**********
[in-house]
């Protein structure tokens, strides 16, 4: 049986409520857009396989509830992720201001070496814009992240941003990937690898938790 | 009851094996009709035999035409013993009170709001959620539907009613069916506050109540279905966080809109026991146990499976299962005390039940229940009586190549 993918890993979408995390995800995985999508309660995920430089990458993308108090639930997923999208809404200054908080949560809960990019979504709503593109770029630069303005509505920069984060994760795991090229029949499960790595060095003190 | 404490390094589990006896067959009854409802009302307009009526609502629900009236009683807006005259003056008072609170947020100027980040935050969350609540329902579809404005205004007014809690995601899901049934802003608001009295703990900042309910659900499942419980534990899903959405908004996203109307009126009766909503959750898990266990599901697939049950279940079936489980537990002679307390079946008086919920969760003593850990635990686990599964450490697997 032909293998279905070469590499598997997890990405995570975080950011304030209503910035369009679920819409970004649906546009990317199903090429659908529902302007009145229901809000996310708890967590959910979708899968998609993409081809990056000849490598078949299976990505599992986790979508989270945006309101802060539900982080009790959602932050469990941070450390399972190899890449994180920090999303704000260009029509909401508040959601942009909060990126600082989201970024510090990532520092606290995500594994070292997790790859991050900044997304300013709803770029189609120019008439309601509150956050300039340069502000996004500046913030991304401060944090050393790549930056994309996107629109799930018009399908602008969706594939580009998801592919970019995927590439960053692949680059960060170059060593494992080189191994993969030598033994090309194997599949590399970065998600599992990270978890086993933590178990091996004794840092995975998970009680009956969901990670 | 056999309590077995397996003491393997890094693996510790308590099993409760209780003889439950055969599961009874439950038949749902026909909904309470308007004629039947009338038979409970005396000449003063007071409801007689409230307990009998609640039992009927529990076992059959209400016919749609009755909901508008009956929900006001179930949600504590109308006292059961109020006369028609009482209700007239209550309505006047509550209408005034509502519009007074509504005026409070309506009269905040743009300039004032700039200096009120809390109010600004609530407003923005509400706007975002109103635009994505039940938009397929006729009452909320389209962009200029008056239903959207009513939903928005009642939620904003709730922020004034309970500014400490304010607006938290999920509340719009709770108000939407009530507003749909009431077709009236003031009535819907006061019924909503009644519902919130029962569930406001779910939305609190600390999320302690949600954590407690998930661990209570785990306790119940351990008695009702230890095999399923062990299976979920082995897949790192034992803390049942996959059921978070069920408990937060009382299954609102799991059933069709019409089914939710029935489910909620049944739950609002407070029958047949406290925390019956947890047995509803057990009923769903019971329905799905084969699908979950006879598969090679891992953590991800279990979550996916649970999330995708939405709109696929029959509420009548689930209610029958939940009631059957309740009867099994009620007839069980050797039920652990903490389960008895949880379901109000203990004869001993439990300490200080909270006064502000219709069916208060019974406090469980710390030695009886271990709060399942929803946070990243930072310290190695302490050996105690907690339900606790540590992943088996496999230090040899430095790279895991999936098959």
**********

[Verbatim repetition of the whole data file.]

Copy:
[in-house]
């Protein structure tokens, strides 16, 4: 049986409520857009396989509830992720201001070496814009992240941003990937690898938790 | 009851094996009709035999035409013993009170709001959620539907009613069916506050109540279905966080809109026991146990499976299962005390039940229940009586190549 993918890993979408995390995800995985999508309660995920430089990458993308108090639930997923999208809404200054908080949560809960990019979504709503593109770029630069303005509505920069984060994760795991090229029949499960790595060095003190 | 404490390094589990006896067959009854409802009302307009009526609502629900009236009683807006005259003056008072609170947020100027980040935050969350609540329902579809404005205004007014809690995601899901049934802003608001009295703990900042309910659900499942419980534990899903959405908004996203109307009126009766909503959750898990266990599901697939049950279940079936489980537990002679307390079946008086919920969760003593850990635990686990599964450490697997 032909293998279905070469590499598997997890990405995570975080950011304030209503910035369009679920819409970004649906546009990317199903090429659908529902302007009145229901809000996310708890967590959910979708899968998609993409081809990056000849490598078949299976990505599992986790979508989270945006309101802060539900982080009790959602932050469990941070450390399972190899890449994180920090999303704000260009029509909401508040959601942009909060990126600082989201970024510090990532520092606290995500594994070292997790790859991050900044997304300013709803770029189609120019008439309601509150956050300039340069502000996004500046913030991304401060944090050393790549930056994309996107629109799930018009399908602008969706594939580009998801592919970019995927590439960053692949680059960060170059060593494992080189191994993969030598033994090309194997599949590399970065998600599992990270978890086993933590178990091996004794840092995975998970009680009956969901990670 | 056999309590077995397996003491393997890094693996510790308590099993409760209780003889439950055969599961009874439950038949749902026909909904309470308007004629039947009338038979409970005396000449003063007071409801007689409230307990009998609640039992009927529990076992059959209400016919749609009755909901508008009956929900006001179930949600504590109308006292059961109020006369028609009482209700007239209550309505006047509550209408005034509502519009007074509504005026409070309506009269905040743009300039004032700039200096009120809390109010600004609530407003923005509400706007975002109103635009994505039940938009397929006729009452909320389209962009200029008056239903959207009513939903928005009642939620904003709730922020004034309970500014400490304010607006938290999920509340719009709770108000939407009530507003749909009431077709009236003031009535819907006061019924909503009644519902919130029962569930406001779910939305609190600390999320302690949600954590407690998930661990209570785990306790119940351990008695009702230890095999399923062990299976979920082995897949790192034992803390049942996959059921978070069920408990937060009382299954609102799991059933069709019409089914939710029935489910909620049944739950609002407070029958047949406290925390019956947890047995509803057990009923769903019971329905799905084969699908979950006879598969090679891992953590991800279990979550996916649970999330995708939405709109696929029959509420009548689930209610029958939940009631059957309740009867099994009620007839069980050797039920652990903490389960008895949880379901109000203990004869001993439990300490200080909270006064502000219709069916208060019974406090469980710390030695009886271990709060399942929803946070990243930072310290190695302490050996105690907690339900606790540590992943088996496999230090040899430095790279895991999936098959």